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Gender pay gap report

West Lancashire Borough Council is required by law to publish an annual gender pay gap report.

This is our report for the snapshot date of 31 March 2017. The calculations were undertaken based on a headcount of 533 staff designated as full pay relevant employees, including employees currently seconded to BT Lancashire Services Ltd. Staff who were either on sick pay or maternity pay, and so not in receipt of full pay on 31 March 2017 have been discounted.

  • The mean gender pay gap of women's pay against men's pay for the Council shows women's mean pay is 0.35% lower than men's pay.
  • The median gender pay gap of women's pay against men's pay for the Council shows women's median pay is 0.59% lower than men's pay.
  • The Council does not operate any bonus payments within its pay structure.

Pay quartiles by gender








Includes all employees whose standard hourly rate places them in the lower quartile




Includes all employees whose standard hourly rate places them above the lower quartile but at or below the median




Includes all employees whose standard hourly rate places them above the median but at or below the upper quartile




Includes all employees whose standard hourly rate places them in the upper quartile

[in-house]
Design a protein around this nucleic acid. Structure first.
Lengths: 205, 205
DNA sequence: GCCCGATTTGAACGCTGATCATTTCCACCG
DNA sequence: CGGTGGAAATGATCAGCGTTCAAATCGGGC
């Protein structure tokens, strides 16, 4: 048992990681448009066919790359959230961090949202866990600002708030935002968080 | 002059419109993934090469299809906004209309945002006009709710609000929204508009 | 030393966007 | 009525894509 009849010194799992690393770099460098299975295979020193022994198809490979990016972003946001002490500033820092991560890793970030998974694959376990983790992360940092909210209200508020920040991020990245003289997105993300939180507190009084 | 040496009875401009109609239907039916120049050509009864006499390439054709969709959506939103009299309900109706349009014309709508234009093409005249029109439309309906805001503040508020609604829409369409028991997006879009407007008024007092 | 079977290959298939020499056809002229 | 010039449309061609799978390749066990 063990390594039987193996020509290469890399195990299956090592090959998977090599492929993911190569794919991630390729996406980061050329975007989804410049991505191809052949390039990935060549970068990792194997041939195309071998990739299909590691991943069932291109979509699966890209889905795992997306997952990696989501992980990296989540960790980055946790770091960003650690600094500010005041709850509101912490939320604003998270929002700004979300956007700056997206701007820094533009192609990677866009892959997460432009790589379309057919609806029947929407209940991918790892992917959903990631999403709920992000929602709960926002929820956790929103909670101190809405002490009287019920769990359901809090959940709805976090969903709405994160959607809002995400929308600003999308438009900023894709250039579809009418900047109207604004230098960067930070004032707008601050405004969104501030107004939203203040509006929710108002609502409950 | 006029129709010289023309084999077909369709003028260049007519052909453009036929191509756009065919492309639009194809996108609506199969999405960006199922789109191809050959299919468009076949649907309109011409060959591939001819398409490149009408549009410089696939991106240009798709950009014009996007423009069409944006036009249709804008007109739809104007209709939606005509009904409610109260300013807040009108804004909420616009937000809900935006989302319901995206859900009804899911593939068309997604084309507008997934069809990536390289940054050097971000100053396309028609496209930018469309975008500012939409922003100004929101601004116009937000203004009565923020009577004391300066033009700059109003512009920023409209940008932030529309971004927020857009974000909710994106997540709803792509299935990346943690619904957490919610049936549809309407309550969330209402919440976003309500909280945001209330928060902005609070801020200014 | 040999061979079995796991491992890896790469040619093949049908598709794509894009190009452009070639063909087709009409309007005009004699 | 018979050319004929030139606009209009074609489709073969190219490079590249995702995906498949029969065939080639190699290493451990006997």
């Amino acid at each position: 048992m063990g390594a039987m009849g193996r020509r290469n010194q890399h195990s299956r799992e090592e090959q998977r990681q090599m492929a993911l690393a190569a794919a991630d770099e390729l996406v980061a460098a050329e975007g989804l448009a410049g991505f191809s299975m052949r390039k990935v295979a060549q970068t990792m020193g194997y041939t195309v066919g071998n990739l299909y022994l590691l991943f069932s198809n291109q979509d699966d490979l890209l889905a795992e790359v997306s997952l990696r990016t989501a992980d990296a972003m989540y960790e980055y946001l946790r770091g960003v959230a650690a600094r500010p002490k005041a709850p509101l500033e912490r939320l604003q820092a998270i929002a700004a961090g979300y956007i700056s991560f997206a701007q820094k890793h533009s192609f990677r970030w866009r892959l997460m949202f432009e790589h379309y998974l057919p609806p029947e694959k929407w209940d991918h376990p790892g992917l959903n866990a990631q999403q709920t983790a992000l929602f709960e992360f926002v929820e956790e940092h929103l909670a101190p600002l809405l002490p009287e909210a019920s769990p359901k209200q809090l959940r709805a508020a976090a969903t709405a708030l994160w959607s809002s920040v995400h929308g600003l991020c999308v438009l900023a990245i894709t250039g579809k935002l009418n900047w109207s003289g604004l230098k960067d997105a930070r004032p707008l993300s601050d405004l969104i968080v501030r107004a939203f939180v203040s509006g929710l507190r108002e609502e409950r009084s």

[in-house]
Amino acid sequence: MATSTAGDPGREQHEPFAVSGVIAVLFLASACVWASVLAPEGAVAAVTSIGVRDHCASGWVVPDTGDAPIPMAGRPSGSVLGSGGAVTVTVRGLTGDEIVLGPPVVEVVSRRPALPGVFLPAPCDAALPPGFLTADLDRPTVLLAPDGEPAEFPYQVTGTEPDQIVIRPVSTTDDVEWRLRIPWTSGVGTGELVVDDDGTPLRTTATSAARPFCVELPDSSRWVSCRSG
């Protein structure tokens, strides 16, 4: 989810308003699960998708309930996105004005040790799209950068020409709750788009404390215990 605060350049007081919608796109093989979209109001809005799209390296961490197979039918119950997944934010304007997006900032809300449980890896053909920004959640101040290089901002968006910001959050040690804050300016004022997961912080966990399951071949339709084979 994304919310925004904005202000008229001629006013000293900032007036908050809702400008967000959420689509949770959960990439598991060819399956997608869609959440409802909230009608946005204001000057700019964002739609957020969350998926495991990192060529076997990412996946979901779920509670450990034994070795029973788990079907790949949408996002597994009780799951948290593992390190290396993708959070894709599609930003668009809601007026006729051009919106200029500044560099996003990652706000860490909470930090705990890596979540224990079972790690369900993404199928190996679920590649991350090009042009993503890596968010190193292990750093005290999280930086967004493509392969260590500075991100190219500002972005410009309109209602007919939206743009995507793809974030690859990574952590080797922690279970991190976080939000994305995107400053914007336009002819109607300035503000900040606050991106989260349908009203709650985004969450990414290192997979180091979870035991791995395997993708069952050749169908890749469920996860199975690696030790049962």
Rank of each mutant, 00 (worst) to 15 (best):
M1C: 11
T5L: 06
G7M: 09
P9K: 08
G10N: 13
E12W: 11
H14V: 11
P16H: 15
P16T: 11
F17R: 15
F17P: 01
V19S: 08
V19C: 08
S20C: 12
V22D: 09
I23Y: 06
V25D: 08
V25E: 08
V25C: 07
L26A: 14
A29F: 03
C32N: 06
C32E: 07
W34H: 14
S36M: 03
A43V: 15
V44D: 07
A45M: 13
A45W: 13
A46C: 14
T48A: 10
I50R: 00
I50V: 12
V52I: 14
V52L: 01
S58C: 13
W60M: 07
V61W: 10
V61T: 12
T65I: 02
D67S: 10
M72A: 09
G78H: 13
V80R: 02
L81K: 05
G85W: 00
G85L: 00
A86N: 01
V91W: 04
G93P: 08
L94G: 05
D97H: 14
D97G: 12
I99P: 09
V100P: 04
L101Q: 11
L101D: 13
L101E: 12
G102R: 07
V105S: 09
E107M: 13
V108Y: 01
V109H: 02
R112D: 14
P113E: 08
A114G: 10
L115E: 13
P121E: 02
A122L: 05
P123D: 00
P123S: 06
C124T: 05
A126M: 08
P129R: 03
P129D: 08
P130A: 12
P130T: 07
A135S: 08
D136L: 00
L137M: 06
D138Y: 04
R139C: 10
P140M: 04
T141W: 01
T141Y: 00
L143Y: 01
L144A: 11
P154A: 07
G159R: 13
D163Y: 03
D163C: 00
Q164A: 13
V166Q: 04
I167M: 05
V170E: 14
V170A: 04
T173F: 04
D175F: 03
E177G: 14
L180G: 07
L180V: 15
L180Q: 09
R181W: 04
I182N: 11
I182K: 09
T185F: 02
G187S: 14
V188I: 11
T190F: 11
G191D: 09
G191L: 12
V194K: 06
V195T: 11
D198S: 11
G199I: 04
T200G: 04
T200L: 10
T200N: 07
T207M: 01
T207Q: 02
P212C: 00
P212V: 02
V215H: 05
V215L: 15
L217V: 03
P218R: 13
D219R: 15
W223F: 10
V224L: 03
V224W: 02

The figures set out above have been calculated using the standard methodologies used in the Equality Act 2010 (Gender Pay Gap Information) Regulations 2017.

What are the underlying causes of an Organisation's gender pay gap?

Under the law, men and women must receive equal pay for:

  • the same or broadly similar work;
  • work rated as equivalent under a job evaluation scheme; or
  • work of equal value.

West Lancashire Borough Council is committed to the principle of equal opportunities and equal treatment for all employees, regardless of sex, race, religion or belief, age, marriage or civil partnership, pregnancy/maternity, sexual orientation, gender reassignment or disability. It has a clear policy of paying employees equally for the same or equivalent work, regardless of their sex (or any other characteristic set out above). As such, it:

  • carries out equal pay audits at periodic intervals;
  • evaluates job roles and pay grades as necessary to ensure a fair structure.

The Council is therefore confident that its gender pay gap does not stem from paying men and women differently for the same or equivalent work. Rather its gender pay gap is the result of the roles in which men and women work within the organisation and the salaries that these roles attract.

Across the UK economy as a whole, men are more likely than women to be in senior roles (especially very senior roles at the top of organisations), however within West Lancashire Borough Council, the two upper quartiles of senior roles are relatively evenly split between women and men. Normally, women are more likely than men to be in front-line roles at the lower end of the organisation, but for West Lancashire Borough Council, there are a higher percentage of men employed in these roles than women, at these grade levels.

Women are more likely than men to have had breaks from work that have affected their career progression, for example to bring up children. They are also more likely to work part time, and many of the jobs that are available across the UK on a part-time basis are relatively low paid.

This pattern from the UK economy as a whole is not necessarily reflected in the make-up of West Lancashire Borough Council's workforce, as indicated above.